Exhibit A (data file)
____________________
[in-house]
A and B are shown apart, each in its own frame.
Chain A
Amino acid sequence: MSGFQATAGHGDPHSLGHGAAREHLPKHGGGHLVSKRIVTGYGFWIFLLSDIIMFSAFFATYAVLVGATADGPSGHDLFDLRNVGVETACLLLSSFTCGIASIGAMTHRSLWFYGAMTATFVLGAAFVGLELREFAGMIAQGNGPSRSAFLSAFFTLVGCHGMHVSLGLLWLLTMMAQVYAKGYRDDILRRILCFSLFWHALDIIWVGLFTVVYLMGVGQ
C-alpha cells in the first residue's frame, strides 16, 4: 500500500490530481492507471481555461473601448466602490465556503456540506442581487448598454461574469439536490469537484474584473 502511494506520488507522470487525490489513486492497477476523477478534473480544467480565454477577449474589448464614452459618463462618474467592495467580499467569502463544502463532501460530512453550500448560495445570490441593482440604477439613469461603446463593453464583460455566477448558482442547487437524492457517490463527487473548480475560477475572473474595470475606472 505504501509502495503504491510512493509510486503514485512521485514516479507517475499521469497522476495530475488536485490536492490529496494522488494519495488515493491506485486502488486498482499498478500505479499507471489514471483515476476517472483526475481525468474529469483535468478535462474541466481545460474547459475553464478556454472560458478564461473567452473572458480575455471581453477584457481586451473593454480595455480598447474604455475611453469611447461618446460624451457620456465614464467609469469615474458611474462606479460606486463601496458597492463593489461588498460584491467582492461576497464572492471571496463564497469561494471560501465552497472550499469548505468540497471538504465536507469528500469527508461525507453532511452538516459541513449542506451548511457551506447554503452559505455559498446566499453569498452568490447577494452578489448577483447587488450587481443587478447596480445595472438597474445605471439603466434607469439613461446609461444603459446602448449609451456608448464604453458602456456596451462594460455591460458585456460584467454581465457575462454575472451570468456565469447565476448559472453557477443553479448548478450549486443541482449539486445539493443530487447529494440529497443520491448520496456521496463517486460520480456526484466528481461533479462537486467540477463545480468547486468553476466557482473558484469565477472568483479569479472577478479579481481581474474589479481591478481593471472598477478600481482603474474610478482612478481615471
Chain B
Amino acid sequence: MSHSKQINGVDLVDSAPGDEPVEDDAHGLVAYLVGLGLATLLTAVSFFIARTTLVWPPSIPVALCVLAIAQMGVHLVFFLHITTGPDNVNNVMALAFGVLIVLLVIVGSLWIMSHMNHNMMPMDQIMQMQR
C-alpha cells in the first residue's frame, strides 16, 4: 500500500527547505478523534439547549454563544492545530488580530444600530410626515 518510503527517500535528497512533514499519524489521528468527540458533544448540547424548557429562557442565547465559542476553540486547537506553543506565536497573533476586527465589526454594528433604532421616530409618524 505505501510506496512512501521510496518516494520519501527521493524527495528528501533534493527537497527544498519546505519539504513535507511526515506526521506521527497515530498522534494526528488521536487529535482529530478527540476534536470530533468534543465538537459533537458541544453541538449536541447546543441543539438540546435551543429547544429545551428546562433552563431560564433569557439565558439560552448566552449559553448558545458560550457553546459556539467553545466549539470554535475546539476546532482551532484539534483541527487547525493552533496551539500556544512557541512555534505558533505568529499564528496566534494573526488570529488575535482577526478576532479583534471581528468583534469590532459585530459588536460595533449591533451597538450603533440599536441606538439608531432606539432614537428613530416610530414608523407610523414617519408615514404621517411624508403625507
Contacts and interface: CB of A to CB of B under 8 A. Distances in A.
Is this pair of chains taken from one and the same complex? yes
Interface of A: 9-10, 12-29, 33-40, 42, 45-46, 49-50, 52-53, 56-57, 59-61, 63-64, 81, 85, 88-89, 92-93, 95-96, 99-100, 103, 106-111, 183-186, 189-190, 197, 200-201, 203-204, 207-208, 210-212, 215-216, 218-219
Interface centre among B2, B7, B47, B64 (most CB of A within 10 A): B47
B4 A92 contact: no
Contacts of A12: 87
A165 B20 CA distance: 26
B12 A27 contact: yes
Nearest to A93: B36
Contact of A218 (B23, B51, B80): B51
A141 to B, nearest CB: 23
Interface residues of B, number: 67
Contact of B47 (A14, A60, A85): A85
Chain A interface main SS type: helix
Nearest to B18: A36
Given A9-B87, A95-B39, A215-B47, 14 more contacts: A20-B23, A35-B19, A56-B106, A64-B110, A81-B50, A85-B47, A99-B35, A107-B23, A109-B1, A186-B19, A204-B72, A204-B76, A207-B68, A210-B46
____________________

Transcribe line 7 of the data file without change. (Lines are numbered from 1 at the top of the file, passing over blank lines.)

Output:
Amino acid sequence: MSHSKQINGVDLVDSAPGDEPVEDDAHGLVAYLVGLGLATLLTAVSFFIARTTLVWPPSIPVALCVLAIAQMGVHLVFFLHITTGPDNVNNVMALAFGVLIVLLVIVGSLWIMSHMNHNMMPMDQIMQMQR